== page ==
You are here
NCSE responded to many of the claims made by these groups, often consulting with leading scientists in various fields.
The Elementary and Secondary Education Authorization Act which is headed for the President's signature does not contain the antievolution "Santorum amendment", though there is brief mention of the topic of evolution in explanatory materials appended to the law. The good news for teachers is that they will not have to teach evolution any differently as a result of the new legislation.
BackgroundSince the summer of 2001, a joint Senate-House conference committee has attempted to resolve the House and Senate versions of the Elementary and
NCSE in cooperation with the University of California Museum of Paleontology has prepared a "Blueprint for an Evolution Education Workshop." This "how to" guide is a project arising from discussions held at the National Conference on the Teaching of Evolution, held in October, 2000 in Berkeley (http://www.ucmp.berkeley.edu/ncte/).
On November 15, 2001, the Pennsylvania Independent Regulatory Review Commission (IRRC) unanimously approved the latest version of the Science and Technology education standards proposed by the state’s Board of Education (BoE). This is the last step before adoption and implementation of the standards, which will be reviewed again in five years.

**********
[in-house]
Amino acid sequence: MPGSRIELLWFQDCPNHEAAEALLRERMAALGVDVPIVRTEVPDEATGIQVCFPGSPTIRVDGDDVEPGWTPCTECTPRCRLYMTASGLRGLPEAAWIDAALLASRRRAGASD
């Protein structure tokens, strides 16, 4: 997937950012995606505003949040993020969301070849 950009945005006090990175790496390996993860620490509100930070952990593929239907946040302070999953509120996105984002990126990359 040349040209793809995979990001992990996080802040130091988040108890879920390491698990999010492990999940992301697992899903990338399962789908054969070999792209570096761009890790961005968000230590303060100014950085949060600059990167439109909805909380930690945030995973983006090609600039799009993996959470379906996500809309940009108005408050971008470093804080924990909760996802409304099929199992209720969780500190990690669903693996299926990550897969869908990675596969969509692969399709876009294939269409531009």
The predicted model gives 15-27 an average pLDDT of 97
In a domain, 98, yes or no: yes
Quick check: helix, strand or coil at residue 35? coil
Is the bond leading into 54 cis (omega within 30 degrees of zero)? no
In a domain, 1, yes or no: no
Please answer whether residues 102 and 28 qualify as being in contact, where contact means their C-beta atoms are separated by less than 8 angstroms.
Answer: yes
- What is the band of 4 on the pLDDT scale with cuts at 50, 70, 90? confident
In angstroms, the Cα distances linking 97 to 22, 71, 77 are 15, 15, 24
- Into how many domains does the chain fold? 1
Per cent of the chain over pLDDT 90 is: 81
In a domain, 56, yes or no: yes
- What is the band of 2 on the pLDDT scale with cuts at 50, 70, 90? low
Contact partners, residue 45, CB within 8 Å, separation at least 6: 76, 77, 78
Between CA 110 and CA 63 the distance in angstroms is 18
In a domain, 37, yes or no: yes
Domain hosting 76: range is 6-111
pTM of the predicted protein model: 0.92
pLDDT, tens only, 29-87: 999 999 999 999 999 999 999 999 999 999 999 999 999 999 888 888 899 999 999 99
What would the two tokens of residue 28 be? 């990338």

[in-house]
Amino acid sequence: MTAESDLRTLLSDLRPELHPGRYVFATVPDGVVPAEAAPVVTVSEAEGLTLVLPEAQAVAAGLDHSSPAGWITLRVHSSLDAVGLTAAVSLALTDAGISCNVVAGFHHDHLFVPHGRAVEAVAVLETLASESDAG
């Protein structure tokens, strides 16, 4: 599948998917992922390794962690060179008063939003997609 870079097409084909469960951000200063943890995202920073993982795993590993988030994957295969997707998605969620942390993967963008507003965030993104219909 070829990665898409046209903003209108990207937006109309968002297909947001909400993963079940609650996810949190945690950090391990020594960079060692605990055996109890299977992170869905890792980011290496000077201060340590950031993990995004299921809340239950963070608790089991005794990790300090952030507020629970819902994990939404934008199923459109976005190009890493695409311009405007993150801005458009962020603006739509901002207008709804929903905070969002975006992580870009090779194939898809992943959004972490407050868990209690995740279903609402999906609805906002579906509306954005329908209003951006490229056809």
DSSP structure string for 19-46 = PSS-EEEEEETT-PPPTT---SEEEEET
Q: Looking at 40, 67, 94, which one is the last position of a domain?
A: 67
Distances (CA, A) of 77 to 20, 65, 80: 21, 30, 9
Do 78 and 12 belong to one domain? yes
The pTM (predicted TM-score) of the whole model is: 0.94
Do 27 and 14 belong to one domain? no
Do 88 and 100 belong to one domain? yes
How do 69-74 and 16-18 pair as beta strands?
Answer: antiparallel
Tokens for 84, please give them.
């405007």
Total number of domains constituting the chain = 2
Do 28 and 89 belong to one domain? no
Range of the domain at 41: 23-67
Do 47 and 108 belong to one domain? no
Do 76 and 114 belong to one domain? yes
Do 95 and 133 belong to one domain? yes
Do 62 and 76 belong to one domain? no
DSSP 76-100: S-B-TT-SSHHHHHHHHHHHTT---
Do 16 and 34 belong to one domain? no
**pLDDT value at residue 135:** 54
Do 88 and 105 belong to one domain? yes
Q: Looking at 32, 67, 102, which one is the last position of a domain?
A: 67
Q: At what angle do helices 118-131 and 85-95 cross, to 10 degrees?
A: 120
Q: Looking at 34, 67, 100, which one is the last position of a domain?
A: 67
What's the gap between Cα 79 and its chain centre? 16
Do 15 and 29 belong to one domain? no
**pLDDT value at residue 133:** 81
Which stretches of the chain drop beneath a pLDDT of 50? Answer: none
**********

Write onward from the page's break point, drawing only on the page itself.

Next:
NOTE: Since this was posted on November 12, 2001, Answers in Genesis, responding to our citations of their errors, has rewritten the piece we were commenting upon. The quotes in our article were cut and pasted directly from the AiG site to ensure one hundred percent accuracy; they are exactly as they appeared in the original article.
by Eric Meikle
The Alabama State Board of Education voted on November 8, 2001 to require that a statement referring to evolution as controversial be inserted in science textbooks. Since 1995 an evolution disclaimer (see below) has been pasted in Alabama's state-approved texts. Early this year the Board of Education adopted a new K-12 science education framework, the Alabama Course of Study: Science (ACOSS). Some observers had thought that Board might simply drop the previous disclaimer, given changes in ACOSS since 1995.
Join the NCSE News List today to begin receiving the latest news and events in the creation/evolution controversy via e-mail.
This list is not a discussion list, but a mechanism for NCSE to make announcements to members and interested parties about developments relevant to protecting the teaching of evolution in public schools.
Minnesota school teacher Rodney LeVake sued his Faribault, MN, school district over his claim of a right to teach "evidence against evolution" and intelligent design theory. He lost in Minnesota district court, and lost at the state appeals court level. He has recently filed to appeal his case to the US Supreme Court. NCSE will keep you informed.